Nelson Obus - Wynnefield Capital

Okay, more than pipe dream. Okay, good.

Gary Steele

Thank you.

Operator

Thank you. Our next question comes from the line of Chris Krueger from Northland. Your question please.

Chris Krueger - Northland

Good morning.

Greg Skinner

Hi Chris.

Chris Krueger - Northland

Hi, I think in your press release you talked about that you are going to introduce more solid type of products, can you talk about the timing of this and if you have already secured any retail chains for distribution?

Gary Steele

Yes, the answer is yes to your last question. The sweet kale salad is obviously consumed, it’s literally all consuming us. We just had no idea that the demand could be as significant as it is for sweet kale salad and so it’s being sold primarily in Costco and a couple of retailers. There is interest from food service operators as well and we are just scrambling like crazy to build our capacity to deal with this. And we view it, don’t just think of as sweet kale, view it as Landec’s commitment to delivering to customers a new category of salads that are made out of vegetables, this is not a leaf lettuce product line, this is a vegetable line that is made in the form of salads with good mixtures, super foods really tasty that whole kind of thing. And so we have a family that’s right behind sweet kale salad. And so we have customer landing up for not only sweet kale salad, but for the next one, and the next one, next one. So, we intend to launch a new product in this category pretty much every quarter Chris. And so but right now our focus is catching up on the demand for sweet kale salad. It’s really I have just got to tell you no one had any idea how big the demand would be. But right behind it there is our other products that follow-on.

Chris Krueger - Northland

Okay, great. Another new product was Beneforté broccoli, can you talk about demand for that. And I think there might have been some growing issues with that?

Gary Steele

Yeah there were some growing issues with it, it’s just so for people who want to know we have exclusive relationship with Monsanto, it’s a seed variety that was a unique variety that came from Southern Italy and it was tested for years. And in this first year of commercial launch there were some times of the year which the yields were not as good as we wanted and the quality was not as good as we wanted. It will be fine for most of the year, but there where some months when it was struggling. And so we have come to a basically an approach where we know when it’s hearty and healthy and strong and all that and that’s when we will sell it. We will sell it during those times of the year. And then in other times of the year when we are not so sure we are going to substitute with our normal broccoli. And Beneforté has, well, I think it’s like three times the level of vitamins and antioxidants of normal broccoli, so it’s again a super food, it’s not, there is no genetic and engineering by the way this is all traditional hybrid. And so we have figured it out how to make this work and turns out that the customer really likes it. The consumers like it, so we will continue it, but it will be more of a seasonal product line than an all year round product line Chris.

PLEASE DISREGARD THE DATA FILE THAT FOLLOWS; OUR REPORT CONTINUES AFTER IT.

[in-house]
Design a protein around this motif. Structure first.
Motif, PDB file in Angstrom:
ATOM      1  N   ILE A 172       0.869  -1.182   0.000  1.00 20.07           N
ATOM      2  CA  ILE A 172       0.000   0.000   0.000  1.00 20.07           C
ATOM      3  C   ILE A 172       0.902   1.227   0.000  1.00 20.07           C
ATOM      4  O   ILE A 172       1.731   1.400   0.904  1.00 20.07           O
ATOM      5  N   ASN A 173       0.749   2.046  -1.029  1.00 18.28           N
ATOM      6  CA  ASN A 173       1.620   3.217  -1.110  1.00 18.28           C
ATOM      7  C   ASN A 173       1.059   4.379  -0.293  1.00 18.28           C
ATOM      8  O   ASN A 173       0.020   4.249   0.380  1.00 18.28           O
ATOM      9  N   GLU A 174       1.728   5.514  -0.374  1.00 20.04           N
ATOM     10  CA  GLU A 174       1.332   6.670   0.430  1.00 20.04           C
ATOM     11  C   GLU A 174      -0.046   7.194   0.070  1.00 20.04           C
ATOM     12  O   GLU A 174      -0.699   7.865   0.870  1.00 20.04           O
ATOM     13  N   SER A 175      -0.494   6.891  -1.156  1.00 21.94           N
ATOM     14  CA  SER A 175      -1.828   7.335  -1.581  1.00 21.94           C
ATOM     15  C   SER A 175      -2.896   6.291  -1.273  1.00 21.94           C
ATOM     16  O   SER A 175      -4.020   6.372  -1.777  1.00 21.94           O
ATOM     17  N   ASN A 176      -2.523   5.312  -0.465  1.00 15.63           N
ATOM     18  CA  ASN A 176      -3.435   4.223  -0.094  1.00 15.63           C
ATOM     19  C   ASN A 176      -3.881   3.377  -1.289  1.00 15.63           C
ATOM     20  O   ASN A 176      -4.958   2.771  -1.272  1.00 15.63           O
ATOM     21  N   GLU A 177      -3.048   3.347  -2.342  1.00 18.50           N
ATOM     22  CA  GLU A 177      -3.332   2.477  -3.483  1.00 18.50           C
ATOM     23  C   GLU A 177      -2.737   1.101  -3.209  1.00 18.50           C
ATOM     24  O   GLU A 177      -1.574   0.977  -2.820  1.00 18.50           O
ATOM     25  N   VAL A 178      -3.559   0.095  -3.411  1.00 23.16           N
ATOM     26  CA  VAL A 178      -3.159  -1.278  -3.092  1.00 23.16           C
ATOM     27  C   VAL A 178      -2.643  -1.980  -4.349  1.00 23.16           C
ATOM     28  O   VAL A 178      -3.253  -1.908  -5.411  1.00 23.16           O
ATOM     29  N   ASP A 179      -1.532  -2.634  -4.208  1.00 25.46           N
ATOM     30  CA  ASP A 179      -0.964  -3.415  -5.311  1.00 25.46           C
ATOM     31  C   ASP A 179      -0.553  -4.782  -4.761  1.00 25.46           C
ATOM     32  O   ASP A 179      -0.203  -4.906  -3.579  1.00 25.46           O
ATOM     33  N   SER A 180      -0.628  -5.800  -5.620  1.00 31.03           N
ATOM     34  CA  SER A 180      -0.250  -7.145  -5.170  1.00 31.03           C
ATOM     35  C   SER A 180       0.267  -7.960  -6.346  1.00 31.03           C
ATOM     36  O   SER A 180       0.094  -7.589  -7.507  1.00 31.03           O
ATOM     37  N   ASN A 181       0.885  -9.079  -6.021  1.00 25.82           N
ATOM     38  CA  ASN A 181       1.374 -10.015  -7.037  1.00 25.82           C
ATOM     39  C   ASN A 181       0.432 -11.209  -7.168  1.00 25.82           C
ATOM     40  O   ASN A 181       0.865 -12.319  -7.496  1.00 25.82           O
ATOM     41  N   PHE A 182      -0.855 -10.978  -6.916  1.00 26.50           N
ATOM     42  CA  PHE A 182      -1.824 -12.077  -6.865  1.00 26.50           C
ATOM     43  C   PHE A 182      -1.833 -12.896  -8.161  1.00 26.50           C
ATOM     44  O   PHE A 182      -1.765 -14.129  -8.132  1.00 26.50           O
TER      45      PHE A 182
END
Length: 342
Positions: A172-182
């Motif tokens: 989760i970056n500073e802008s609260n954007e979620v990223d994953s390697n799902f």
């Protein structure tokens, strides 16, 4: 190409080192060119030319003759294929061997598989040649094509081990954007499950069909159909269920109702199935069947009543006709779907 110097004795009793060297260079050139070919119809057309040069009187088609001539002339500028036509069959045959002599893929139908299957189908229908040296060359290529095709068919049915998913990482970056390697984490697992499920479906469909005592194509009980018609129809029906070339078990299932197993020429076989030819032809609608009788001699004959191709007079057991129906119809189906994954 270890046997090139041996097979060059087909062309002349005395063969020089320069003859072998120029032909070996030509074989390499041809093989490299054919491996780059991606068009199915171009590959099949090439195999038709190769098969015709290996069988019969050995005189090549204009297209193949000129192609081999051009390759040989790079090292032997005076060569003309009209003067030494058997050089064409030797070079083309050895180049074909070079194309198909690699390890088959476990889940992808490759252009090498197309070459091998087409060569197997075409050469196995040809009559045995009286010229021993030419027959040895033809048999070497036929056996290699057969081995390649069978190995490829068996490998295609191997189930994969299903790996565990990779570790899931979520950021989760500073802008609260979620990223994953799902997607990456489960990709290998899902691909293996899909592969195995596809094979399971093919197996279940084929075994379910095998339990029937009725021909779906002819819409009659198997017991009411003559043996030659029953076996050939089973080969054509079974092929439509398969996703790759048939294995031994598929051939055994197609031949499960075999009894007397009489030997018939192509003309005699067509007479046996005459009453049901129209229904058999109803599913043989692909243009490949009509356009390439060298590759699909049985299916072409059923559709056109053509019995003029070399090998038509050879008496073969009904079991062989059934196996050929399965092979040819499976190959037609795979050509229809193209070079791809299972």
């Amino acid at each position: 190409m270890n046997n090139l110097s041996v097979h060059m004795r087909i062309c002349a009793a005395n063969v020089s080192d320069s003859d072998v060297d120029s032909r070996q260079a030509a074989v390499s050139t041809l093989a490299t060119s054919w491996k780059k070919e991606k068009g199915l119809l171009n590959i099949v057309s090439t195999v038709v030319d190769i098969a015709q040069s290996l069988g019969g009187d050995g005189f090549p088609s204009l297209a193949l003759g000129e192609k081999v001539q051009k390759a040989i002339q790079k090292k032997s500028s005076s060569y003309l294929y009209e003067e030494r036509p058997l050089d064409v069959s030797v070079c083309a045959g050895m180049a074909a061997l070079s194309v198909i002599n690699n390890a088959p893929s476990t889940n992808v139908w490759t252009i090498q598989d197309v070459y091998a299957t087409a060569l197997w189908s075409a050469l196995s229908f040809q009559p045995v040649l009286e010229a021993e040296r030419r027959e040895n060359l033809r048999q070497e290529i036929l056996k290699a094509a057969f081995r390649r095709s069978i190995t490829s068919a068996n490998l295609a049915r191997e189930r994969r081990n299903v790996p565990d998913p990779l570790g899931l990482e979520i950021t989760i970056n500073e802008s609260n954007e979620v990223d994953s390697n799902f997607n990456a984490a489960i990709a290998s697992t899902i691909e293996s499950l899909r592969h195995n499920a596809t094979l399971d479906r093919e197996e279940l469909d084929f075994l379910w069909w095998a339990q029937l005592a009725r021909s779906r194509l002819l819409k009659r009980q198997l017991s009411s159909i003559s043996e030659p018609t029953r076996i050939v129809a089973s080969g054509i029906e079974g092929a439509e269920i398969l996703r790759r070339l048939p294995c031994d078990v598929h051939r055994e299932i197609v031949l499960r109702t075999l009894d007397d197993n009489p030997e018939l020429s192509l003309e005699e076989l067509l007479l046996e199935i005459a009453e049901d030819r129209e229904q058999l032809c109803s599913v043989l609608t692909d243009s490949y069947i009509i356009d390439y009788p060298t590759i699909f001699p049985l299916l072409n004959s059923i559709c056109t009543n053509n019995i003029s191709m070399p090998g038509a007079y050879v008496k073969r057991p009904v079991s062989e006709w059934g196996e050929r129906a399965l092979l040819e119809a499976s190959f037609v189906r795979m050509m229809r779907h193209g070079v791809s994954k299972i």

Chris Krueger - Northland

Okay, last question I think I know the answer, but can you – I know it’s the weather issues in California impacting sourcing, can you confirm that the Windset facilities felt no impact form the weather?

Gary Steele

None, now no impact at all, they are rather immune to as well. By the adverse weather in California is you go down and see what Southern California and to Arizona you might have watched the golf tournament that was done in Tucson and it got cancelled because of snow. That’s the kind of thing we were dealing with and that’s where the growing was going on, whereas Windsets up here in the Central Coastal region of Santa Maria and boy, nothing bothered them, they are fine.

Chris Krueger - Northland

Alright, that’s what I thought, that’s all I got. Thanks.

Gary Steele

Yeah, you are welcome.

Operator

Thank you. Our next question comes from the line of Daniel Rizzo from Sidoti.

Daniel Rizzo - Sidoti

Yeah, hi guys. Just a couple of quick questions, in terms of the launching new products as you catch up with this retail demand, what do you think that’s going to be, I mean, there is going to be like another couple of months before you think you kind of where you should be in terms of looking for other new products?

Gary Steele

Already know what the other new products are that we are planning to launch. So, it’s not like we are looking for them, but I would – we are going to be launching them in our first quarter of our new fiscal year, which begins June. So, they will be ready to go in the first quarter.

Daniel Rizzo - Sidoti

Okay. And then you indicated that you are getting some pressure from a supermarket chain just trying to commoditize the business, which is not a commodity business, is that also, are you willing I guess to walk away or is that something that, that would be as you considered the walking away from that bad customer?

Gary Steele